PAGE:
More Detail — From The Merck & Co., Inc. V. Merck KGaA Lanham Act Suit, In New Jersey

My good buddie, Ed Silverman (now writing for STAT, in Boston, at the Globe) has a very comprehensive run-down on the US part of these now-reignited battles. Do go read it, all.

In the mean time, I’ll leave a link here, to the full complaint at law, a very large 5.5 MB PDF file, running some 78 pages. I must admit that I think the US Merck has the better of the argument, here. I also think, in time, things will get sorted out in England, as well, largely in US Merck’s favor. [My backgrounder, here.] But here’s a bit:

. . . .Over the years, disagreements have arisen between the parties relating to their respective uses of MERCK on the internet and otherwise in different jurisdictions and the parties have had a continuing dialogue which raised and, in certain instances, addressed such issues. Certain matters were not resolved between the parties and KGaA initiated litigation against Merck and related entities in 2013 in the United Kingdom, Germany and France. . . .

Merck [US] now brings this action based on KGaA’s activities in the U.S. as set forth herein. . . .

One of the issues that has not been resolved between the parties is the extent to which use of “Merck KGaA” would be made in the United States. Until recently, use of the Merck KGaA name has not been specifically directed to the United States and/or has not been used in connection with business activities that are in direct competition with Merck in the United States. . . .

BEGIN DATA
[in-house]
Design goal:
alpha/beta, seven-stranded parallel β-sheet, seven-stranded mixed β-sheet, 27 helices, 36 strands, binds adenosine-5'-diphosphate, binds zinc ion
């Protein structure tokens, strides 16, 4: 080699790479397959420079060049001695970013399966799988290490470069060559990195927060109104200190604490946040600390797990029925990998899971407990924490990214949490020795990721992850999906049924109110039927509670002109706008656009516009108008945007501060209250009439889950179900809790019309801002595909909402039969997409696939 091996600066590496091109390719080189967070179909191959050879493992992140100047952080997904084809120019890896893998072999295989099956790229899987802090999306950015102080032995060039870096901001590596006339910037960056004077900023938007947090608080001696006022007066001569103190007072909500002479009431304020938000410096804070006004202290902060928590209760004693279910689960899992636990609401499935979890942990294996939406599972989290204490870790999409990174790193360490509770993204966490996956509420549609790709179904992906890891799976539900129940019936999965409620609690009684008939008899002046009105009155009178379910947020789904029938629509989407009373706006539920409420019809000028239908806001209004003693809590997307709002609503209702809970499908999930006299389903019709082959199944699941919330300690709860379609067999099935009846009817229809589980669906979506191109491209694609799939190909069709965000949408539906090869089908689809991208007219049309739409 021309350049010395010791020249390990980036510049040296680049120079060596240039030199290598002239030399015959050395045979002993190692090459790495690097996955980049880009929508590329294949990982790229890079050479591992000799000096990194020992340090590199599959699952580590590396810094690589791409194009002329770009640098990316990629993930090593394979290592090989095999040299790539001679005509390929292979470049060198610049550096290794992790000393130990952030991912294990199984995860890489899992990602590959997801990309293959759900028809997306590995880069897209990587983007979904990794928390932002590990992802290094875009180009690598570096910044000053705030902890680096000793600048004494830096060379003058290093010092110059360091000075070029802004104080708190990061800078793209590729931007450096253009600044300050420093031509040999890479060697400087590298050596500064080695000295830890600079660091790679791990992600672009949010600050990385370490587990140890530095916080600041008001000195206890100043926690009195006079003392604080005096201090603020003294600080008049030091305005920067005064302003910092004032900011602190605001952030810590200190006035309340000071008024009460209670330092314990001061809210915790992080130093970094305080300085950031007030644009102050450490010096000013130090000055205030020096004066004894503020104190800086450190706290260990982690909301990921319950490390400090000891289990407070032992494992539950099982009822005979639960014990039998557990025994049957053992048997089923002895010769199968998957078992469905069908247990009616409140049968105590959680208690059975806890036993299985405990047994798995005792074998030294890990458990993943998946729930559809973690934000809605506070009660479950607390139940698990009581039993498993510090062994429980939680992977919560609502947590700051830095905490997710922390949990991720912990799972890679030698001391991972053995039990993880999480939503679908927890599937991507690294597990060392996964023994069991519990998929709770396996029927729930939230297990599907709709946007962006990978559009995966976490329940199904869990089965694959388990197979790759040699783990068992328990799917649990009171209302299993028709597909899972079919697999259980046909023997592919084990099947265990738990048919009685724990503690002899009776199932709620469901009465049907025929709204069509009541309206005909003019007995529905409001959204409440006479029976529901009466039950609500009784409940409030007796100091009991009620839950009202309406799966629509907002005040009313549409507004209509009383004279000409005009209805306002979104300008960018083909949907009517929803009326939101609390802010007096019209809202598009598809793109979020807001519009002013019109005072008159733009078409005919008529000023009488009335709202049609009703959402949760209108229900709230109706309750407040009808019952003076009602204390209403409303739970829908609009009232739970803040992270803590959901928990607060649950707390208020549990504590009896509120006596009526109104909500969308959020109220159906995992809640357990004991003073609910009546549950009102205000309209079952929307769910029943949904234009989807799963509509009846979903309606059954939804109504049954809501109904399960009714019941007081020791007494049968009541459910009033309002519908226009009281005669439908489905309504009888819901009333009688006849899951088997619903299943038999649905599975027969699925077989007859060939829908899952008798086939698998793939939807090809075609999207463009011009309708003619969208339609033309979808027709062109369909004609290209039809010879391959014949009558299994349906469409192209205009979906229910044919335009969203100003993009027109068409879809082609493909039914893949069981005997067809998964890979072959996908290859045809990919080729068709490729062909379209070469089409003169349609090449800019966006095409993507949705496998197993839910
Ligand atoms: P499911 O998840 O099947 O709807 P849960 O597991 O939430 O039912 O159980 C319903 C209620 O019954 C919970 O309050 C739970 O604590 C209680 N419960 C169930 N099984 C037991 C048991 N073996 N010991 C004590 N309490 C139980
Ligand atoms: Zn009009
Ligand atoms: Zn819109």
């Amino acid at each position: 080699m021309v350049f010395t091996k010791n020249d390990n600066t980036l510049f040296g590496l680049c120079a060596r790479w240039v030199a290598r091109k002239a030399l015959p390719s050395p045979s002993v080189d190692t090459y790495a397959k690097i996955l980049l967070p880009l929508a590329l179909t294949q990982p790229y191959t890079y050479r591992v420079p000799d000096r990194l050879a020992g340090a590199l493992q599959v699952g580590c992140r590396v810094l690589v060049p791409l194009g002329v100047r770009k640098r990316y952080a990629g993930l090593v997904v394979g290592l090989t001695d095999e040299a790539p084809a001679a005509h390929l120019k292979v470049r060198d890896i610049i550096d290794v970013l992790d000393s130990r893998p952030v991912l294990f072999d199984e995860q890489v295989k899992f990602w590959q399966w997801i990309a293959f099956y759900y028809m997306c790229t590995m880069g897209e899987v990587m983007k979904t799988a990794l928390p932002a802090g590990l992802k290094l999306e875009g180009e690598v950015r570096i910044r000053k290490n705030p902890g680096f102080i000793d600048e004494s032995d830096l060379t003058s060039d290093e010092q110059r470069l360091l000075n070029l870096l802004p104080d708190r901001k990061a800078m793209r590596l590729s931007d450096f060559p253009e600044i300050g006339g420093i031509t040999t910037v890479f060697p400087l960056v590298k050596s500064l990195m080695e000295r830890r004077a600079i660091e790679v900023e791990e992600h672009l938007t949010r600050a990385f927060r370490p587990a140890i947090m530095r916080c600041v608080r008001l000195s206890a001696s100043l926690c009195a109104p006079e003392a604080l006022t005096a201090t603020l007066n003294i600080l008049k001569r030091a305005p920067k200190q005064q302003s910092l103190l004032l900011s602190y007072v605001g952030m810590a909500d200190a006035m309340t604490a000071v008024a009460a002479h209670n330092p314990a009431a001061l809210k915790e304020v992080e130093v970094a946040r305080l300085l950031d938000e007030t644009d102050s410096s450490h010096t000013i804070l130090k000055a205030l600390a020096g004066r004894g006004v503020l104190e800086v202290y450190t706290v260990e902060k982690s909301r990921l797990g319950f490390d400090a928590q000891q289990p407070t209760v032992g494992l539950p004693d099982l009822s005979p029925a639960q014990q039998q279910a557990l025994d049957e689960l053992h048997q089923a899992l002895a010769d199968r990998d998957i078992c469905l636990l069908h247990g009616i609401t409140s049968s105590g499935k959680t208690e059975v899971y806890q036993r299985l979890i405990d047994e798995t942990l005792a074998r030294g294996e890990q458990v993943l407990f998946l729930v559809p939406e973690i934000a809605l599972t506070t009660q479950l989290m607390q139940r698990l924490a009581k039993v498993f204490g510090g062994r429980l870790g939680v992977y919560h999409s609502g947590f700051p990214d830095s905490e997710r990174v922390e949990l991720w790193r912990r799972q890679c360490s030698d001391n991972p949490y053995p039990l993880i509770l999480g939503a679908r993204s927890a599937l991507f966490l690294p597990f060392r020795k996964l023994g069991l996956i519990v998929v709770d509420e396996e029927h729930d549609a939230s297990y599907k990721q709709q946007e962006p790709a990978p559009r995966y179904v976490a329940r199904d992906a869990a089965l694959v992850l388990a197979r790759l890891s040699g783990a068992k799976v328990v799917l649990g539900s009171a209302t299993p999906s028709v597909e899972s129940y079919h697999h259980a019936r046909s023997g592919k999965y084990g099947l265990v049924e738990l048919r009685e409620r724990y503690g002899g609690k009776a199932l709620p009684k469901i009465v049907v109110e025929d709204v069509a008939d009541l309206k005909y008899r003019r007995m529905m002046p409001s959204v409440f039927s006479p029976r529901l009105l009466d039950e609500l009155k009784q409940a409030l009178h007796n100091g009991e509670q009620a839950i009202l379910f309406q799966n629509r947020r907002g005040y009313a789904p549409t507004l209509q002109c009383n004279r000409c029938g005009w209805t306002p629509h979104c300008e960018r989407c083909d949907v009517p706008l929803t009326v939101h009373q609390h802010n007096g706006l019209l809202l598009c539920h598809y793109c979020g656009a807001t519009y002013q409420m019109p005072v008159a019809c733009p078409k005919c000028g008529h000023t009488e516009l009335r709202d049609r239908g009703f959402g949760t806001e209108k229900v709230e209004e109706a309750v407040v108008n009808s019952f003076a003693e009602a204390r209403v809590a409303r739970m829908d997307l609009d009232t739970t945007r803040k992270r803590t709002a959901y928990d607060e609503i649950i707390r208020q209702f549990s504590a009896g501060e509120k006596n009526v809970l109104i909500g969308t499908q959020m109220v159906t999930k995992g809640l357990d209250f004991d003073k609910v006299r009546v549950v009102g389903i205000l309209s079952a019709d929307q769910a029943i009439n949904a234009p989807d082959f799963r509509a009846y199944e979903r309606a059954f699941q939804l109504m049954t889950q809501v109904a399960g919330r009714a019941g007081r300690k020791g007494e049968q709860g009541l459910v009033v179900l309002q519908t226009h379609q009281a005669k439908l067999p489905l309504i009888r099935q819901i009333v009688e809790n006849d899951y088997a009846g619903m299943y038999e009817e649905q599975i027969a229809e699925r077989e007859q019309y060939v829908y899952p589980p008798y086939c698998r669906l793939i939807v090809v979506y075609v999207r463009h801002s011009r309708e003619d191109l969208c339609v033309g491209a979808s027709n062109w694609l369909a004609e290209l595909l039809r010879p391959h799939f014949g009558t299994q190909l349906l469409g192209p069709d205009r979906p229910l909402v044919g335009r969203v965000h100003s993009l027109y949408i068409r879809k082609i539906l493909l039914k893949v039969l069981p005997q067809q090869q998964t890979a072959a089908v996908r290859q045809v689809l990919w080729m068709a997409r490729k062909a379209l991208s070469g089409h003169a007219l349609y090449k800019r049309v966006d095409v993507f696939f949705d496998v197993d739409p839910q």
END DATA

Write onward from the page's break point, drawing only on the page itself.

Recently, KGaA has been making ubiquitous use of “Merck KGaA, Darmstadt, Germany,” “Merck KGaA” and “MERCK” as a prominent feature of its branding in the United States, including use on websites which are specifically targeted to users in the United States (despite KGaA claiming that its operating companies in the United States today purportedly operate under the trade name “EMD”) as well as on social media sites that are more broadly accessible, including in the United States. . . .

KGaA has taken a new direction and refocused its efforts on becoming a major player in the U.S. market, including specifically in the immuno oncology field where it directly competes with Merck, a well-recognized leader in that field. . . . In 2013, Stefan Oschmann, then head of pharmaceuticals for KGaA (and a former long term employee and executive of Merck Sharp & Dohme, its predecessors and/or affiliate(s)), stated that the U.S. was viewed as an emerging pharmaceutical market for KGaA and that the company was focusing on investing in its U.S. pharmaceutical business and developing new products to be offered directly by KGaA in the U.S. This was a departure for KGaA, as previously its pharmaceutical products in the United States were offered through “alliances” with other companies. . . .

On information and belief, KGaA has engaged in an intentional, increasing and continuous effort to undermine Merck’s rights and renown in the United States and to establish itself as “THE” Merck or the “ORIGINAL” Merck in the United States. . . . For example, KGaA recently launched a self-promotion campaign on websites directed to the United States dubbing KGaA as the “Original Merck” and featuring KGaA’s U.S. employees declaring their pride in working for the “ORIGINAL” Merck. . . .

As I say, this will all get sorted out, in due course, but using a 1970s-era agreement to address the seamless but complicated nature of the global internet-enabled economy for two very large companies competing in several of the same disease franchises, with very similar names, does not cast a very flattering light — on either of these companies. This is — and more importantly, was — avoidable. Stay warm, one and all!


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